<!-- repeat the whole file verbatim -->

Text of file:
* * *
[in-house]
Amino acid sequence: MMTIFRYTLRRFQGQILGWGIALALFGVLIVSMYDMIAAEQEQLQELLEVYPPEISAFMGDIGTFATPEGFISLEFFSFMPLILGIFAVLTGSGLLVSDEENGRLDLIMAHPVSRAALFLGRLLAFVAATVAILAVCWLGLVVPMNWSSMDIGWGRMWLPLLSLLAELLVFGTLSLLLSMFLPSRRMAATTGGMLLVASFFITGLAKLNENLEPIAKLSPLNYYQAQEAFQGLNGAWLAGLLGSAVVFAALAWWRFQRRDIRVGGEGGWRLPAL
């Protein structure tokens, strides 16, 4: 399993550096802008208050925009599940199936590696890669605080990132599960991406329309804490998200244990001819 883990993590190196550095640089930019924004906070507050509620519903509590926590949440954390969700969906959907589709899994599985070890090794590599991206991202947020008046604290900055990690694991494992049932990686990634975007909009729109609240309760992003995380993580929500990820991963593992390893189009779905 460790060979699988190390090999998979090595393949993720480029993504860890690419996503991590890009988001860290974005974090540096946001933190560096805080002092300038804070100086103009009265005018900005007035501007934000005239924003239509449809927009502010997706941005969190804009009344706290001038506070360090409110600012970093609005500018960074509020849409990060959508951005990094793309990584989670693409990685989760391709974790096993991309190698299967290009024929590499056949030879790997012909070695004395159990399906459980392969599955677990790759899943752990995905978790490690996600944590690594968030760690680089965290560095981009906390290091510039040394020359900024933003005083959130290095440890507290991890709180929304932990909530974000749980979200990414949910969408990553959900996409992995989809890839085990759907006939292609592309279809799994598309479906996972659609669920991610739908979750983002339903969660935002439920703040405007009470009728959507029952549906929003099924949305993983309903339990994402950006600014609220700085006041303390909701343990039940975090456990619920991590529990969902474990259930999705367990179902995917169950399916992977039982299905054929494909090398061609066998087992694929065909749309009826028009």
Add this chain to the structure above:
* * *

[in-house]
Amino acid sequence: MMTIFRYTLRRFQGQILGWGIALALFGVLIVSMYDMIAAEQEQLQELLEVYPPEISAFMGDIGTFATPEGFISLEFFSFMPLILGIFAVLTGSGLLVSDEENGRLDLIMAHPVSRAALFLGRLLAFVAATVAILAVCWLGLVVPMNWSSMDIGWGRMWLPLLSLLAELLVFGTLSLLLSMFLPSRRMAATTGGMLLVASFFITGLAKLNENLEPIAKLSPLNYYQAQEAFQGLNGAWLAGLLGSAVVFAALAWWRFQRRDIRVGGEGGWRLPAL
């Protein structure tokens, strides 16, 4: 399993550096802008208050925009599940199936590696890669605080990132599960991406329309804490998200244990001819 883990993590190196550095640089930019924004906070507050509620519903509590926590949440954390969700969906959907589709899994599985070890090794590599991206991202947020008046604290900055990690694991494992049932990686990634975007909009729109609240309760992003995380993580929500990820991963593992390893189009779905 460790060979699988190390090999998979090595393949993720480029993504860890690419996503991590890009988001860290974005974090540096946001933190560096805080002092300038804070100086103009009265005018900005007035501007934000005239924003239509449809927009502010997706941005969190804009009344706290001038506070360090409110600012970093609005500018960074509020849409990060959508951005990094793309990584989670693409990685989760391709974790096993991309190698299967290009024929590499056949030879790997012909070695004395159990399906459980392969599955677990790759899943752990995905978790490690996600944590690594968030760690680089965290560095981009906390290091510039040394020359900024933003005083959130290095440890507290991890709180929304932990909530974000749980979200990414949910969408990553959900996409992995989809890839085990759907006939292609592309279809799994598309479906996972659609669920991610739908979750983002339903969660935002439920703040405007009470009728959507029952549906929003099924949305993983309903339990994402950006600014609220700085006041303390909701343990039940975090456990619920991590529990969902474990259930999705367990179902995917169950399916992977039982299905054929494909090398061609066998087992694929065909749309009826028009």
Add this chain to the structure above: